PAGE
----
Have you got a favourite piece?

There are pieces every season that I love but the Ribbon Fringed Jackets we’ve been doing are a favourite at the moment simply because they just do so well, customers love them and seem to collect them, Browns must have re-ordered them 20 times in different colours by now, they continue to sell out and seem to pop up in press all the time, so they are my favourite in terms of pure hardworking value for money..

Do you find yourself checking out the competition from time to time?

Of course, Im totally nosey about what everone else is up to, you can’t live in a bubble, I’d like to be more discerning but I read rubbish like anyone else, it’s around you 24/7 it would take more discipline than I have to ignore it all.

Tell us about any up coming projects you have and about London Fashion Week?

Well we were due to show on the catwalk for the first time in London Fashion week this season but last minute sponsor panic means it’s still up in the air right now, if it doesn’t happen this season it will for next, I feel very nearly ready to take it to the next level.

Do you feel that now women have become more cost conscious than ever before that the world of design has suffered?

This season I took a risk and used a very expensive Silk Yarn covered in tiny sequins, it was 3 times the price of Cashmere but looked amazing , I though we’d maybe sell a few pieces but it has proved to be the most popular part of the collection and Cardigans at over a thousand euro have sold out as soon as they hit the shops, so I’d say yes people are more cost concious but only in the fact that they care more that what they buy must be beautiful and beautifully made and flatter them, This is where it’s so important to support smaller labels who offer quality and value for money no matter what the price is, it’s the big companies that are concerned about being conservative to look after their profits and in difficult times may offer cheaper things but no real choice, where smaller ones who are more able to respond to what their customers really want and can still offer excitement innovation and quality.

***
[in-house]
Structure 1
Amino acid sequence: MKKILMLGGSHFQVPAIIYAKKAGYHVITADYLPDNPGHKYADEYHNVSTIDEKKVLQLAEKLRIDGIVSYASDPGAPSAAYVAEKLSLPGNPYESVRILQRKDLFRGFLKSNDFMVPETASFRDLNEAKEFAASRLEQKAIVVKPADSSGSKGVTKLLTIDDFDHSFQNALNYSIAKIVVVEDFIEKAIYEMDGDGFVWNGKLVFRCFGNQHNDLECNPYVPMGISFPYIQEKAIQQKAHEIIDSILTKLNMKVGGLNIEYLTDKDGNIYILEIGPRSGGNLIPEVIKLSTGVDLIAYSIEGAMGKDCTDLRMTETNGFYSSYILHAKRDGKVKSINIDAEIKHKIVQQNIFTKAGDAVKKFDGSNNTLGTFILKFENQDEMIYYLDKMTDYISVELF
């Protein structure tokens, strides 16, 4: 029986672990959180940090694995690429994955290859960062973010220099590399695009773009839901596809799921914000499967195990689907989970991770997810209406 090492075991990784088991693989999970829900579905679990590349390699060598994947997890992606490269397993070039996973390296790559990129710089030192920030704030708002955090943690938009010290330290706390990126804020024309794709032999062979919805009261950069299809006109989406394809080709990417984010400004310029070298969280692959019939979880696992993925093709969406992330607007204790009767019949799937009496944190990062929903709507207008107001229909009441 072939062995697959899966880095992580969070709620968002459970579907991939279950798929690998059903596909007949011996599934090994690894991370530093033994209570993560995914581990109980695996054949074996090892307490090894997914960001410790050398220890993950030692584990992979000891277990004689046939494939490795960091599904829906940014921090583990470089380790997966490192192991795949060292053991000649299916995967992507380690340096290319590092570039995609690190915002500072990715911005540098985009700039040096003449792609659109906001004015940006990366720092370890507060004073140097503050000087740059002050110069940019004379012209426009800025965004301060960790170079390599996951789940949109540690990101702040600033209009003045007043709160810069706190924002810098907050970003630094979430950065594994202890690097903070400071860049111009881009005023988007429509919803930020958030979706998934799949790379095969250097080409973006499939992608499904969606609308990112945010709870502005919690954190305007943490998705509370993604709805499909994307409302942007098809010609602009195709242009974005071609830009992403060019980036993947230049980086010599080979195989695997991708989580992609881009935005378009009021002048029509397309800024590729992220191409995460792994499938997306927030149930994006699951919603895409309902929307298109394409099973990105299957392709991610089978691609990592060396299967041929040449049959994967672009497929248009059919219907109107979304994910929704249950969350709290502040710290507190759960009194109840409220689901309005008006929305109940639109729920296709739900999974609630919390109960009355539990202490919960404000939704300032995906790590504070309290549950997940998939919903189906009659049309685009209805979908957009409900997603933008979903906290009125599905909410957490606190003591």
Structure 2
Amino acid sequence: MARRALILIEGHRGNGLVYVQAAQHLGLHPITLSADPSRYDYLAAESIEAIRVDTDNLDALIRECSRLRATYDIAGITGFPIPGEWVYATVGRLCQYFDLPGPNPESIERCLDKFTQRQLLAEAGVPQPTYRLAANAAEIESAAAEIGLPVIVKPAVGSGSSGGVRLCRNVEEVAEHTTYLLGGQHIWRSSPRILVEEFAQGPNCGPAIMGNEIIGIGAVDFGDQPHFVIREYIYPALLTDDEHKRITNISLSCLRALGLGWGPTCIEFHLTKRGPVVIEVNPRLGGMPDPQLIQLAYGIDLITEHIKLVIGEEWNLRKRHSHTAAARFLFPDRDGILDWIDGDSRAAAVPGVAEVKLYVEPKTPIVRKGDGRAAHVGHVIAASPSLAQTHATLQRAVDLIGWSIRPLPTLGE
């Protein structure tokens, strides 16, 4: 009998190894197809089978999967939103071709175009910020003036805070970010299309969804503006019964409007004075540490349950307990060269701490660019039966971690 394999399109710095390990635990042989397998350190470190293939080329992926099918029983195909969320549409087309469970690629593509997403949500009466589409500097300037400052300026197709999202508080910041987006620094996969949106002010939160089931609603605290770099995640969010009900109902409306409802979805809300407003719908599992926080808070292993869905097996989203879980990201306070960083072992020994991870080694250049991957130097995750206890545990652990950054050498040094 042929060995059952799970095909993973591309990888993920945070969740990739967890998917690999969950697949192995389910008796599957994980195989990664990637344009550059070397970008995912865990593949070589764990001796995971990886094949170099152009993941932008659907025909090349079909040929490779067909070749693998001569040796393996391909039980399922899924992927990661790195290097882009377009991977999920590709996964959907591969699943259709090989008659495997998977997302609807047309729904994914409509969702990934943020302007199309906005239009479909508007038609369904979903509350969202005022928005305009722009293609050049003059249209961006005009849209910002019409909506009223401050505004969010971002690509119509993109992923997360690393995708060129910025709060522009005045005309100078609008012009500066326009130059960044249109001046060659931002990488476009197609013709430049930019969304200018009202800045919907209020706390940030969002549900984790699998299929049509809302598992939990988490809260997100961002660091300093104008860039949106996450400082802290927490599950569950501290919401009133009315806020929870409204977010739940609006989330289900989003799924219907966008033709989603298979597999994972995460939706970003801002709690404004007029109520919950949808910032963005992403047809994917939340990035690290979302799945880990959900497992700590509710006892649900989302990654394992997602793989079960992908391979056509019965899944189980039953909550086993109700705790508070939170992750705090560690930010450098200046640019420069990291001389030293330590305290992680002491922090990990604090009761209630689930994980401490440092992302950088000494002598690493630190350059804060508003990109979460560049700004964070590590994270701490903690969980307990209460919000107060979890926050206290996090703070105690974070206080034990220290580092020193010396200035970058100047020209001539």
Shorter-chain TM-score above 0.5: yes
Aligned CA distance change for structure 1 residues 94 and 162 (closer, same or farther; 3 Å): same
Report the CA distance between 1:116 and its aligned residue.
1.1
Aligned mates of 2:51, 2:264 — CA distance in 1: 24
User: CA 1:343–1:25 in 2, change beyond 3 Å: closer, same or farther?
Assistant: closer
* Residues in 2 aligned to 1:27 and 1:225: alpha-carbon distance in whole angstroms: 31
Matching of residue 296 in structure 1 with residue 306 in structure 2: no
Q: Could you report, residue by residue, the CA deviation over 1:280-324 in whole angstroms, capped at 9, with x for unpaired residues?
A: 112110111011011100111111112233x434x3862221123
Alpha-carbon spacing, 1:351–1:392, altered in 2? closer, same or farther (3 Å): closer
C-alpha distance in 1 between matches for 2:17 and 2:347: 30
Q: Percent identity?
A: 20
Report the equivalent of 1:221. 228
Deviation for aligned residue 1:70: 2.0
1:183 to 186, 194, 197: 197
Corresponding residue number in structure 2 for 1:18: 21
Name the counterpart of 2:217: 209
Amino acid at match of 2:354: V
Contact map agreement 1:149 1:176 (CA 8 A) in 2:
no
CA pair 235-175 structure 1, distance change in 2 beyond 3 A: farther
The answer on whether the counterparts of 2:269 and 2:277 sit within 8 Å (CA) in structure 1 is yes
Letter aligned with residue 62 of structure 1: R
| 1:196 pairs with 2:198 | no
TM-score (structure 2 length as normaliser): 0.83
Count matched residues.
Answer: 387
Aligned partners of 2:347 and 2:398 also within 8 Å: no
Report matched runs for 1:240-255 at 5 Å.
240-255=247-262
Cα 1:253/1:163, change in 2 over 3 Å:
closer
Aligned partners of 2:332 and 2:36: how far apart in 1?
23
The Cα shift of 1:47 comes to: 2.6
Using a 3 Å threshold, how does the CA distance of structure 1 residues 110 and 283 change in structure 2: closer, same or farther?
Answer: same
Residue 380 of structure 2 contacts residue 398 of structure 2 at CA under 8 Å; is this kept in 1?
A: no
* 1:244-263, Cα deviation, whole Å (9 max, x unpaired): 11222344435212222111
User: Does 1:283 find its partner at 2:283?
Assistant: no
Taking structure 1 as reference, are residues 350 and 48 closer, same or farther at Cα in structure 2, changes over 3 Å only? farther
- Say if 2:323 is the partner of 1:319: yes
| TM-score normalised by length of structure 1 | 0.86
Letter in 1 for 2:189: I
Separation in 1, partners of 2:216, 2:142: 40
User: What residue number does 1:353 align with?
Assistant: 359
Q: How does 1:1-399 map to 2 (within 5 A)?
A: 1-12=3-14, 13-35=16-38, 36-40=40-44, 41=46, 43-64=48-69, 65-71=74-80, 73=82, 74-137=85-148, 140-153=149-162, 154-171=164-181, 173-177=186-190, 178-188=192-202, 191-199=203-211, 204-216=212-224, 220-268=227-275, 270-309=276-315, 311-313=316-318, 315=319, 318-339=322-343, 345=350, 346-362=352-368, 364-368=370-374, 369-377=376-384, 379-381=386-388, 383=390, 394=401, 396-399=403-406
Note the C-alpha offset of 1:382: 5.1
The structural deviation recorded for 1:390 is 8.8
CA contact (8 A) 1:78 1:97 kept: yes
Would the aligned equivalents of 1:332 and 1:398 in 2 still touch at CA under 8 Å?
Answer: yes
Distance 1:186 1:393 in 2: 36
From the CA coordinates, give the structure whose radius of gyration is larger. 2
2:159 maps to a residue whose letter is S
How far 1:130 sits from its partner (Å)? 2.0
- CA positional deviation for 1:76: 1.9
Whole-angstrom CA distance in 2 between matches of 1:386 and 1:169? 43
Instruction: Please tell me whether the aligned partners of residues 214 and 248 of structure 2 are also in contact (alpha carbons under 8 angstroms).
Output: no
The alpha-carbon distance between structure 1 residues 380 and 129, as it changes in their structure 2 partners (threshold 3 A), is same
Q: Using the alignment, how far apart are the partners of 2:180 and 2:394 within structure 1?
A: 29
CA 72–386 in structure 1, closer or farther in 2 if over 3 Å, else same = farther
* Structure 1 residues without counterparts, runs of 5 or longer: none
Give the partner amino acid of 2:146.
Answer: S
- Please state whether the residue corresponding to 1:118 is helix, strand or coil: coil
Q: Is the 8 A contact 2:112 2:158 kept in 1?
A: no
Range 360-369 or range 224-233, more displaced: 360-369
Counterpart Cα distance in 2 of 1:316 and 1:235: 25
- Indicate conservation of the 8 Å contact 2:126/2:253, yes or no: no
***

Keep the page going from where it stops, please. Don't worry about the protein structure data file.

Have you had to change your approach to what you do to adapt to a less affluent market?

I have had to remember to be more fearless really in terms of what I design and to remember to do what feels right, there may be fewer mid range customers out there but really the ones who appreciate what we do are still coming back and still are buying the most exciting things, maybe a piece or to less a season, but they are still responding and buying for the reasons they always did, they have a passion for design and quality.

You now base yourself from London, how do you think Ireland is progressing in terms with competing with a style capital like London?

I don’t really believe in that sort of comparison, Ireland has so much going for it that London never will have. There are stylish people everywhere as much as there are people who couldn’t care less. Saying that I choose to be here as it’s more central for work and I’m so used to the size of London now that it might be hard to live somewhere smaller but I love both places for very different reasons and simply because they are actually so different to each other.